Tuesday, March 31, 2009

Man's Darkest Side through the Windows of Hope




We visited Hiroshima a few years ago, and it was a very moving experience. The Peace Park is full of tragic and hopeful scenes. One of the sites that struck me the most was this building, the former promotion hall, that was at ground zero of the bomb. As you walk around the area, you come to a shinto alter which contains the names of the victims. As you gaze through an opening in the alter, you see in the distance the peace flame and beyond that, the promotion hall. Peace Park is a place of rememberance and teaching, not just sorrow, although there is plenty of that. The plan there is to leave the peace flame burning until nuclear weapons have been eradicated, then it will be extinguished. We were there in winter and this tree was very stark and very fitting with feelings I had looking at the building.

Deborah just asked me to show the original image so I'm adding it in here.



This piece was made using a thermofax image, stitching, painting, then stitching again with gold thread.



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11 comments:

Deborah Boschert said...

This piece has the amazing power to stand alone as a lovely piece of art but it is further enhanced by the powerful story behind it. You have used the various techniques just perfectly. I love the gold stitching. Can we see the original photograph? I think that would be really interesting.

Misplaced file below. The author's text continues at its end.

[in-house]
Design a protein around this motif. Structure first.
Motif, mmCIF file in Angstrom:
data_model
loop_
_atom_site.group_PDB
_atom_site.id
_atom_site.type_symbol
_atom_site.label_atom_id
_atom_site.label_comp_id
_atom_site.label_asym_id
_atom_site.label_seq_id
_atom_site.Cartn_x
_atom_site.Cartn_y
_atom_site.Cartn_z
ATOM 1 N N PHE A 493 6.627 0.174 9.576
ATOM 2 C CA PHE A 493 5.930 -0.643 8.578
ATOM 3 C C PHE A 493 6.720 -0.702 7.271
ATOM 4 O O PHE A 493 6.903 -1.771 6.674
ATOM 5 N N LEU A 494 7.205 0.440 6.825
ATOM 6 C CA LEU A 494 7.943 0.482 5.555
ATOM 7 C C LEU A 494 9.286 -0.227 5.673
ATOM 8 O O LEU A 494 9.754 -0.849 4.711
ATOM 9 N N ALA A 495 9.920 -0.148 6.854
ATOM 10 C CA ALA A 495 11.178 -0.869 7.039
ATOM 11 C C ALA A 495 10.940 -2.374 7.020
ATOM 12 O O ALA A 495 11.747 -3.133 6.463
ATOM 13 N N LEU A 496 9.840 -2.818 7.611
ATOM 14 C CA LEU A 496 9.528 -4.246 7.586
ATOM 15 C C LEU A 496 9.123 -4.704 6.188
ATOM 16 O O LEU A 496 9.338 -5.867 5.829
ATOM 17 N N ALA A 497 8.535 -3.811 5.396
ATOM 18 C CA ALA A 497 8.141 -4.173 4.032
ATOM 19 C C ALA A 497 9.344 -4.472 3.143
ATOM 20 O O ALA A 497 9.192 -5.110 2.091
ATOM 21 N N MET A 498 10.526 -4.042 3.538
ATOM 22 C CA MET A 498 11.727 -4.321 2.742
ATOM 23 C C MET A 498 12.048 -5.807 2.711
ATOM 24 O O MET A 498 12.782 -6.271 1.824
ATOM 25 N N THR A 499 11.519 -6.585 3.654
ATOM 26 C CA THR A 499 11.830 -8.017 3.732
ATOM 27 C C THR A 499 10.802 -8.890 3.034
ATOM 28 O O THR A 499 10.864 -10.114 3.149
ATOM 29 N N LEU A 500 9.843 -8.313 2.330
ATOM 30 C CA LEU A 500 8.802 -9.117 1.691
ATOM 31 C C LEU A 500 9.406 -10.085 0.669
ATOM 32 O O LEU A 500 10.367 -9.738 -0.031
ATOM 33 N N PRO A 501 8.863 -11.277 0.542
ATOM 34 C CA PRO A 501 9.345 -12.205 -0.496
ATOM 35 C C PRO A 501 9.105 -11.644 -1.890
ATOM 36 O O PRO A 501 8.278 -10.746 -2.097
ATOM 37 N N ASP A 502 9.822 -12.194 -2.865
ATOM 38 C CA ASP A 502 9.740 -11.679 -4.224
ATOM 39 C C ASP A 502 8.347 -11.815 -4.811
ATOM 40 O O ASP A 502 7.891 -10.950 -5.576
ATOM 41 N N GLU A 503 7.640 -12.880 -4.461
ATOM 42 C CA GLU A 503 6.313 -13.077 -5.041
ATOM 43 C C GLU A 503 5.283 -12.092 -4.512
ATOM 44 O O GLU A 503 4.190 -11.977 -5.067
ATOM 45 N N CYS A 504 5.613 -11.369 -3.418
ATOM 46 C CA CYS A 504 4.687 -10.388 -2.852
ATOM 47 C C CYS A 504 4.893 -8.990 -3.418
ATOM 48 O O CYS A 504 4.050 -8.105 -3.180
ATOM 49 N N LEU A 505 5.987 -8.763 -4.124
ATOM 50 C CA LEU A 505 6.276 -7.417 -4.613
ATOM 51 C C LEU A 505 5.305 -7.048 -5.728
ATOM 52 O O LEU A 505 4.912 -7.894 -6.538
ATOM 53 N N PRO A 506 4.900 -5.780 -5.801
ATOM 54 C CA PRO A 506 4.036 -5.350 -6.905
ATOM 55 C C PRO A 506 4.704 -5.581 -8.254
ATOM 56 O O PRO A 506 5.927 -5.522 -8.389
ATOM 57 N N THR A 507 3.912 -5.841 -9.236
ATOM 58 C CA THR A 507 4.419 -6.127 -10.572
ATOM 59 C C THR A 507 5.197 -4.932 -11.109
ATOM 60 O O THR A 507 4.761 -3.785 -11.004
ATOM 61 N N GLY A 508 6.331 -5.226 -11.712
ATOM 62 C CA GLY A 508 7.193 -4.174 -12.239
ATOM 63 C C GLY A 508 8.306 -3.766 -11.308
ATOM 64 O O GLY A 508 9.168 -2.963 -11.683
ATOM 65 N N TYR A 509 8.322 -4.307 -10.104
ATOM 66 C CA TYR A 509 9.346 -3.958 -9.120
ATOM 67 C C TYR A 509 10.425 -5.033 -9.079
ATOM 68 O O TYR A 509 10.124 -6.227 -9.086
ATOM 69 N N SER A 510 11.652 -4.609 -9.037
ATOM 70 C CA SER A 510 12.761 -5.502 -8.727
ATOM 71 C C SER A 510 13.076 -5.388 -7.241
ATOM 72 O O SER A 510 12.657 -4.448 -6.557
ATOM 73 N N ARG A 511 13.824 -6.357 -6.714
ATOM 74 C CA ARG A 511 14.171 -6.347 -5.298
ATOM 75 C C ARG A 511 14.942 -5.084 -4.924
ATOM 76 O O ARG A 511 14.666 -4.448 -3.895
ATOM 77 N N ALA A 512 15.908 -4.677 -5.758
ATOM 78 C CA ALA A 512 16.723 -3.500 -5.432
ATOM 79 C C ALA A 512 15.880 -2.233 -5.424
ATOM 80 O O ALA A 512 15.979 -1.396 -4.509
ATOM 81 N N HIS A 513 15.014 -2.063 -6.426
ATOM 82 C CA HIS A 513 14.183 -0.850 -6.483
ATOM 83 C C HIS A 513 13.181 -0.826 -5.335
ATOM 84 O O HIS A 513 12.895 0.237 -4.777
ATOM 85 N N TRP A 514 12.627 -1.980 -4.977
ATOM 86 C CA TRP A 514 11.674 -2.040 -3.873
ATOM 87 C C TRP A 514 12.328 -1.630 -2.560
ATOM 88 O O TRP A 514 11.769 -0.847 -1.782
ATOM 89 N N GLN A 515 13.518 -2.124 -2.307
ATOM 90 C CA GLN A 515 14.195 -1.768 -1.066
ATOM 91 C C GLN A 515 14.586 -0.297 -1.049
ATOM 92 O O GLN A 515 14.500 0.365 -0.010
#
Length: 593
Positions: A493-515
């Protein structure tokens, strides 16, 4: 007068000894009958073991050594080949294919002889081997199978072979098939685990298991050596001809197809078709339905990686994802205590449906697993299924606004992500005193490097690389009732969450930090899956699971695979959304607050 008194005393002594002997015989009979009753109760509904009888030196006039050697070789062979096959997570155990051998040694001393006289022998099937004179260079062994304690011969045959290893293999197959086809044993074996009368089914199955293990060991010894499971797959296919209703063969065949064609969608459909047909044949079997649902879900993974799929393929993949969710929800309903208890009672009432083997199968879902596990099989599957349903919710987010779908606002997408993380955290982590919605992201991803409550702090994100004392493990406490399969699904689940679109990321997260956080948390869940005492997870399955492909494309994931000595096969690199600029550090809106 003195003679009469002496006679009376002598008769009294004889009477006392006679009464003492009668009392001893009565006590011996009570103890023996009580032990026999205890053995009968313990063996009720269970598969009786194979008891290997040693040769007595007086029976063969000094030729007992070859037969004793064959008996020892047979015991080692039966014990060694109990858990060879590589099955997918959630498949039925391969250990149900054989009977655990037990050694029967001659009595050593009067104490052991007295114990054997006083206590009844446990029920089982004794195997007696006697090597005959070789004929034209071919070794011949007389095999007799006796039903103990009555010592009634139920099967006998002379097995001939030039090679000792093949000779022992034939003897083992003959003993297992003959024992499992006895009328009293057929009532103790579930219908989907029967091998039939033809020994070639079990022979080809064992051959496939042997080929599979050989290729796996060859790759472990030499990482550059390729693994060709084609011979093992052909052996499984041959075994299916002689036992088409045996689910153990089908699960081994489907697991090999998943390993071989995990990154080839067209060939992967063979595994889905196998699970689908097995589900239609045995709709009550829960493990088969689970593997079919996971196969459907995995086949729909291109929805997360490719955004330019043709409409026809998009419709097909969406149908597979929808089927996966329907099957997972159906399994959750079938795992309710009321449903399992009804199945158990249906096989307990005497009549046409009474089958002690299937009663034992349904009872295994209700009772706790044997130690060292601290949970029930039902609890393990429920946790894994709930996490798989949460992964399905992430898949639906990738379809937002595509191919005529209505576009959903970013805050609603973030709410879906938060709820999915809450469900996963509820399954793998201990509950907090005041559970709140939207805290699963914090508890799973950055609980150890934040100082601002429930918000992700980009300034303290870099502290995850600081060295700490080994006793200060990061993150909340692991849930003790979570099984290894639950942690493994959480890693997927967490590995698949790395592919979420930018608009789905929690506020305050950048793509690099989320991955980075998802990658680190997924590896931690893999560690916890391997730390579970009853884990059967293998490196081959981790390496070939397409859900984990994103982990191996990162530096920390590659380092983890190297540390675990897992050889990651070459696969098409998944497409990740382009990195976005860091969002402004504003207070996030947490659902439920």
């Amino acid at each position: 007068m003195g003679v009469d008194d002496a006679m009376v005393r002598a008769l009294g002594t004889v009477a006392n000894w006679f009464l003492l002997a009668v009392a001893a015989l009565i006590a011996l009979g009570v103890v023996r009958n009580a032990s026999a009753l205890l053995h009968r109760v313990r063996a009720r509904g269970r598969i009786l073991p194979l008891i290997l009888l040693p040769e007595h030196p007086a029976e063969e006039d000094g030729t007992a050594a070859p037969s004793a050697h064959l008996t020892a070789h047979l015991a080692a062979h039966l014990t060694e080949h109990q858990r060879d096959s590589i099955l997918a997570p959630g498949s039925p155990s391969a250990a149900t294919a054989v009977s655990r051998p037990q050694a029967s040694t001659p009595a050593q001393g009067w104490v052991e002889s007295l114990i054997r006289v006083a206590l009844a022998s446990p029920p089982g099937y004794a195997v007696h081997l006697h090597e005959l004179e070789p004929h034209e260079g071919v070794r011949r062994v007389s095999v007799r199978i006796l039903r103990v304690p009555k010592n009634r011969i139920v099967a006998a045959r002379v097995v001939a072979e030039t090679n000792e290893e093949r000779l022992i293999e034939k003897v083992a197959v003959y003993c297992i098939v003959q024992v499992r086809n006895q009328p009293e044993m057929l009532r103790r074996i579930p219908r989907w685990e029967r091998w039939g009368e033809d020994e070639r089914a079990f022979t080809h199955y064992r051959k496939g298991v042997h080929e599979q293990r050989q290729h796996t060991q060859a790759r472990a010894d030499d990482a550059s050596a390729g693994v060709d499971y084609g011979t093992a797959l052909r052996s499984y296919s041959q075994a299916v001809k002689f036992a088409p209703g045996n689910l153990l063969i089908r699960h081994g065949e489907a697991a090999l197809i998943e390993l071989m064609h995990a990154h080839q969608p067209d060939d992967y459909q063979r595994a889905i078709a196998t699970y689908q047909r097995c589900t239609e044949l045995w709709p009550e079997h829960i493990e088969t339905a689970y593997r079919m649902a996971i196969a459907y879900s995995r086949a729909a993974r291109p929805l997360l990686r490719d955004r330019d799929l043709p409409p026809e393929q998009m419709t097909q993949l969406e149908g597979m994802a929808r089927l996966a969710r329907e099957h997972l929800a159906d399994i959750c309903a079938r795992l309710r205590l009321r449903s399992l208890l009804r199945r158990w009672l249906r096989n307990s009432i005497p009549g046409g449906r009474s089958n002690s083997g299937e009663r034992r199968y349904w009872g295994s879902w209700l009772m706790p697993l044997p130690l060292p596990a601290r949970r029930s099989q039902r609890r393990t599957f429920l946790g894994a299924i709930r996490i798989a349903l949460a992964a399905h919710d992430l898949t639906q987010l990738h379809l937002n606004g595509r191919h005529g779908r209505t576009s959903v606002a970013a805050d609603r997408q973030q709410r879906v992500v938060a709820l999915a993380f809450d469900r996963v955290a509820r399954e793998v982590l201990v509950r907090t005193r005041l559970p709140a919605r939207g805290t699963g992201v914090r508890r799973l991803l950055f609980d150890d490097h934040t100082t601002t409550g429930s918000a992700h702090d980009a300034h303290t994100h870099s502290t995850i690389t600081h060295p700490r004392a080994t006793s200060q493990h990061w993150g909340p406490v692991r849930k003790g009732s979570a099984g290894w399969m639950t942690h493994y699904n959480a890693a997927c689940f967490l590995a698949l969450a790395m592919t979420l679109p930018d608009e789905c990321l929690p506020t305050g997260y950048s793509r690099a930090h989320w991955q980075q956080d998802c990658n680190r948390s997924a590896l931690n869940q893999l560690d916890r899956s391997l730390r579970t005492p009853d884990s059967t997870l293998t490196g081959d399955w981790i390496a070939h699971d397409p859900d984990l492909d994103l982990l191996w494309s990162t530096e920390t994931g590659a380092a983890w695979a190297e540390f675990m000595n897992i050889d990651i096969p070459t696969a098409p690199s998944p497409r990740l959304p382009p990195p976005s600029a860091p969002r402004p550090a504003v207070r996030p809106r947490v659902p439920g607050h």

Dolores said...

This is such an effective piece! The whole area looks as if it is on fire.

Françoise said...

Beautiful. Very moving. I didn't go to Hiroshima, but I saw a small memorial in Ueno Park (Tokyo) with a little peace flame as well. Very impressive.

Terry said...

Lovely. Hope does shine through what could be a scene of only despair and tragedy.

Kristin L said...

You have expressed the starkness of the place well. It has a certain fragility to it too. I suppose peace is like that -- fragile.

Diane said...

Karen, this piece has very strong emotional power even without reading your description about it. There is something so immediately striking about a window in bare, solitary wall -- such emptiness and sadness and strange uselessness.

So you've captured your sense and memory of Hiroshima very well. I so enjoy seeing how you use your surface design skills.

StegArt said...

I agree with Diane in that the emotional impact is very strong here. Again, as with other quilts in our ongoing project, I have the opportunity to see something new to me and the story behind it. It gives me a chance to know more about our world. Your techniques and visual results in your quilt are fabulous.

twolimeleaves said...

This is a very intense piece; in fact, it's almost overwhelming. I find it full of forboding. Quite an achievement in thread and cloth!

Gerrie said...

I really love your work, Karen, and this piece does not disappoint. I hope that flame can be extinguished and soon. I love images of trees without their leaves. Thank you for this beautiful and haunting image.

Helen Conway said...

I will be right at this spot in January next year and will now see it recreated in my minds eye as your interpretation! It is very evocative.

AnnMarie said...

I am in the process of completing a thesis for one of English classes and something brought me to your square. I am writing about the healing power of quilting and your square is so representative of my theme. Thank you for not being afraid to "express your emotions" through the artistry of your creation.